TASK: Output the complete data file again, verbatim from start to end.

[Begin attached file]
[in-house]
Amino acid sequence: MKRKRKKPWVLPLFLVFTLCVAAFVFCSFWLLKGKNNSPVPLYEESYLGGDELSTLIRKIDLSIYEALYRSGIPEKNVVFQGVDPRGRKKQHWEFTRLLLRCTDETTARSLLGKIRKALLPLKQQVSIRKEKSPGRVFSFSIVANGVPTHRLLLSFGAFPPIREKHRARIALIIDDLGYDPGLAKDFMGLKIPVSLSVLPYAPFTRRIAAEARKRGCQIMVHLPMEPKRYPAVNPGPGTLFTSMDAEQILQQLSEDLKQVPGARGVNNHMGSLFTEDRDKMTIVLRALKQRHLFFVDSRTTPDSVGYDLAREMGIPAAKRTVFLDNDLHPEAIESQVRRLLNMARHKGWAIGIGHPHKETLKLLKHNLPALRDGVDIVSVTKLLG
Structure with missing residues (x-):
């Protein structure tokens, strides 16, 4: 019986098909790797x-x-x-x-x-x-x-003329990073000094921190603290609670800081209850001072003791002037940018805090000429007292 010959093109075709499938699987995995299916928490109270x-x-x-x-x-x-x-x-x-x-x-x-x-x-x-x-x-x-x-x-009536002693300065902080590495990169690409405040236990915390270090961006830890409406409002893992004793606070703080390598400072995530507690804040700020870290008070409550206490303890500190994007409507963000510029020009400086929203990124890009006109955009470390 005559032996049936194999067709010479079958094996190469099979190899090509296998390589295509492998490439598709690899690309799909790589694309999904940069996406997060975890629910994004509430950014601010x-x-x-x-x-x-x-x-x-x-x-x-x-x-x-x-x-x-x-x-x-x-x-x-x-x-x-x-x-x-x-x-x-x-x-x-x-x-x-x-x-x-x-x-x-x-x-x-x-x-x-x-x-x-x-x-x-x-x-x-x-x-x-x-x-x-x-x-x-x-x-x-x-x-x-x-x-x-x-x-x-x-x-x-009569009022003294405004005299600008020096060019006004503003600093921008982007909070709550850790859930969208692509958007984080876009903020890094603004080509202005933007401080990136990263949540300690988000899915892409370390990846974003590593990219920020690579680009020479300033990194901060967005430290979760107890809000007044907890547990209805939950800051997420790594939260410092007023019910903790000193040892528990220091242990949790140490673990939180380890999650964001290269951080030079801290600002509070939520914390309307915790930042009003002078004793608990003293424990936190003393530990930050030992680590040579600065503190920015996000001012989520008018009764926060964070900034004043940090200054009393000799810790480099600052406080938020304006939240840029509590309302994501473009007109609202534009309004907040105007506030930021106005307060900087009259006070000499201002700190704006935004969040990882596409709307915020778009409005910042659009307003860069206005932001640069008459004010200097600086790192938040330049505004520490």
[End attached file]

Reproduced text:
[in-house]
Amino acid sequence: MKRKRKKPWVLPLFLVFTLCVAAFVFCSFWLLKGKNNSPVPLYEESYLGGDELSTLIRKIDLSIYEALYRSGIPEKNVVFQGVDPRGRKKQHWEFTRLLLRCTDETTARSLLGKIRKALLPLKQQVSIRKEKSPGRVFSFSIVANGVPTHRLLLSFGAFPPIREKHRARIALIIDDLGYDPGLAKDFMGLKIPVSLSVLPYAPFTRRIAAEARKRGCQIMVHLPMEPKRYPAVNPGPGTLFTSMDAEQILQQLSEDLKQVPGARGVNNHMGSLFTEDRDKMTIVLRALKQRHLFFVDSRTTPDSVGYDLAREMGIPAAKRTVFLDNDLHPEAIESQVRRLLNMARHKGWAIGIGHPHKETLKLLKHNLPALRDGVDIVSVTKLLG
Structure with missing residues (x-):
């Protein structure tokens, strides 16, 4: 019986098909790797x-x-x-x-x-x-x-003329990073000094921190603290609670800081209850001072003791002037940018805090000429007292 010959093109075709499938699987995995299916928490109270x-x-x-x-x-x-x-x-x-x-x-x-x-x-x-x-x-x-x-x-009536002693300065902080590495990169690409405040236990915390270090961006830890409406409002893992004793606070703080390598400072995530507690804040700020870290008070409550206490303890500190994007409507963000510029020009400086929203990124890009006109955009470390 005559032996049936194999067709010479079958094996190469099979190899090509296998390589295509492998490439598709690899690309799909790589694309999904940069996406997060975890629910994004509430950014601010x-x-x-x-x-x-x-x-x-x-x-x-x-x-x-x-x-x-x-x-x-x-x-x-x-x-x-x-x-x-x-x-x-x-x-x-x-x-x-x-x-x-x-x-x-x-x-x-x-x-x-x-x-x-x-x-x-x-x-x-x-x-x-x-x-x-x-x-x-x-x-x-x-x-x-x-x-x-x-x-x-x-x-x-009569009022003294405004005299600008020096060019006004503003600093921008982007909070709550850790859930969208692509958007984080876009903020890094603004080509202005933007401080990136990263949540300690988000899915892409370390990846974003590593990219920020690579680009020479300033990194901060967005430290979760107890809000007044907890547990209805939950800051997420790594939260410092007023019910903790000193040892528990220091242990949790140490673990939180380890999650964001290269951080030079801290600002509070939520914390309307915790930042009003002078004793608990003293424990936190003393530990930050030992680590040579600065503190920015996000001012989520008018009764926060964070900034004043940090200054009393000799810790480099600052406080938020304006939240840029509590309302994501473009007109609202534009309004907040105007506030930021106005307060900087009259006070000499201002700190704006935004969040990882596409709307915020778009409005910042659009307003860069206005932001640069008459004010200097600086790192938040330049505004520490």